a Clinical Educator — an incredibly rewarding experience. but in some ways no different to our regular day jobs in healthcare. A big part of my positive COVID-19 experience is testament to the people at Kings College Hospital. Being an asthmatic, sometimes I feel like I am walking into a death trap but I am motivated by knowing that at Kings survivors due to the wonderful team I work with. It is so satisfying to see your patients discharged and reunited with their loved ones, some after weeks on life support.
The support I have received from friends around the world means a lot (with a special shout out to my Strathy ladies from Melbourne). Thank you! And my final message — thank you for staying home. You’re not only helping to protect you and your loved ones, but also helping us on the frontline to do the best job that we can in this modern day war.
Dr Vanessa Wong (’10)
Graduated from Bachelor of Medicine/
Bachelor of Surgery/Bachelor of Medical
Science (Hons) at Monash University in 2016.
Vanessa is now working at Eastern Health.
Every day all of us make hundreds of decisions. Even where we buy lunch, commute and have contact with others. COVID19· has focussed our attention on how this affects us and other people.
As a medical registrar, my job has always involved deciding if the patient described on the other end of the telephone call needs a hospital bed or whether they would be safer at home. My job has not fundamentally changed. I am there to comfort and reassure, to offer advice and support and to make treatment decisions.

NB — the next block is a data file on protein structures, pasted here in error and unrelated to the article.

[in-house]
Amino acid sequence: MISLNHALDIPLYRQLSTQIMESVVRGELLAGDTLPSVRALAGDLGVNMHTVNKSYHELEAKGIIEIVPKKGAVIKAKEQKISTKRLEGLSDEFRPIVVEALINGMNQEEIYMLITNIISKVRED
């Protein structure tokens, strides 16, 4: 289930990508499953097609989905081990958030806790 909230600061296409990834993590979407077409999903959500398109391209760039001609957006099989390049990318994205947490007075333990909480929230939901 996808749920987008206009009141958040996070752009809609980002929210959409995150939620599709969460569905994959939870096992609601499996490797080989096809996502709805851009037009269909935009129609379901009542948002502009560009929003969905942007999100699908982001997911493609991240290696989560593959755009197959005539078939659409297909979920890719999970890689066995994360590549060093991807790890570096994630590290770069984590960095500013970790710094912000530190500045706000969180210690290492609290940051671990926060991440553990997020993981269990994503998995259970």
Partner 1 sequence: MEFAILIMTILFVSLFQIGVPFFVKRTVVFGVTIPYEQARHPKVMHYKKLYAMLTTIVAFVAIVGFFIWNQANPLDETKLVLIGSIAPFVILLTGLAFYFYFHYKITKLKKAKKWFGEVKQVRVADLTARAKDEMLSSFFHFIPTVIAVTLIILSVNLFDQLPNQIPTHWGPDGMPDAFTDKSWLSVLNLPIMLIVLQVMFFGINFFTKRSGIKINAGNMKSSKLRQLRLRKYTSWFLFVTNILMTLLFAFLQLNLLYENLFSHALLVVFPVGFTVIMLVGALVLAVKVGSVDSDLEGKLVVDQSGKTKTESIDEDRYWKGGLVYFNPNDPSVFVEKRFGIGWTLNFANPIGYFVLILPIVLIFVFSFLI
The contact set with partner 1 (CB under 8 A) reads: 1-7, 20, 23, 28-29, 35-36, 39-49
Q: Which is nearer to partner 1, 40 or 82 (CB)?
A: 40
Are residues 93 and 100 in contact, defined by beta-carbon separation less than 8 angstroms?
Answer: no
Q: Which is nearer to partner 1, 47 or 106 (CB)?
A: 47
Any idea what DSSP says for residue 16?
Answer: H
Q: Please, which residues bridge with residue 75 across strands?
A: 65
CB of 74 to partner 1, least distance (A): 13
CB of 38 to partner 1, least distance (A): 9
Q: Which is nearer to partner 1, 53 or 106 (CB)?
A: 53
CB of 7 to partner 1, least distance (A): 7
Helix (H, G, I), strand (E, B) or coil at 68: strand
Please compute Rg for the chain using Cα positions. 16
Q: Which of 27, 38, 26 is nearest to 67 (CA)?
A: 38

Right now I feel sadness and grief for all the innocent people and health workers whose lives have been lost. Sometimes guilty, that my current role doesn’t involve direct contact with COVID-19 cases, or that I have the opportunity to leave my house for a valid reason and have contact with others.
I am more grateful for seeing patients present with what seem like “minor” conditions — a back pain or a rash on the leg. Yet my job reminds me why I do what I do in the first place — the fact that I love to find the best possible solution, working seamlessly with my professional colleagues to make a palpable difference to someone’s life.
I am somewhat conflicted about healthcare workers being referred to as heroes. On one hand, these are some seriously underappreciated women—the majority of hospital doctors, nurses, therapists and cleaners—who are finally being recognised appropriately by broader society. However, I am just here to do my job, the vocation I chose when I made the Declaration of Geneva years ago during my medical graduation, when I pledged to dedicate my life to the service of humanity, and which has been largely unaffected by outside circumstances. We are the last lines, the ones who try to help those who have already fallen ill.
However, the real responsibility to halt the spread lies with every individual, to stay at home. People who are sacrificing their jobs, juggling full-time work while looking after their children who are no longer at school, people who never chose or imagined this path. Their names and faces will never be seen or remembered, yet they are the real frontline heroes.
Together, we have all faced an extraordinary challenge.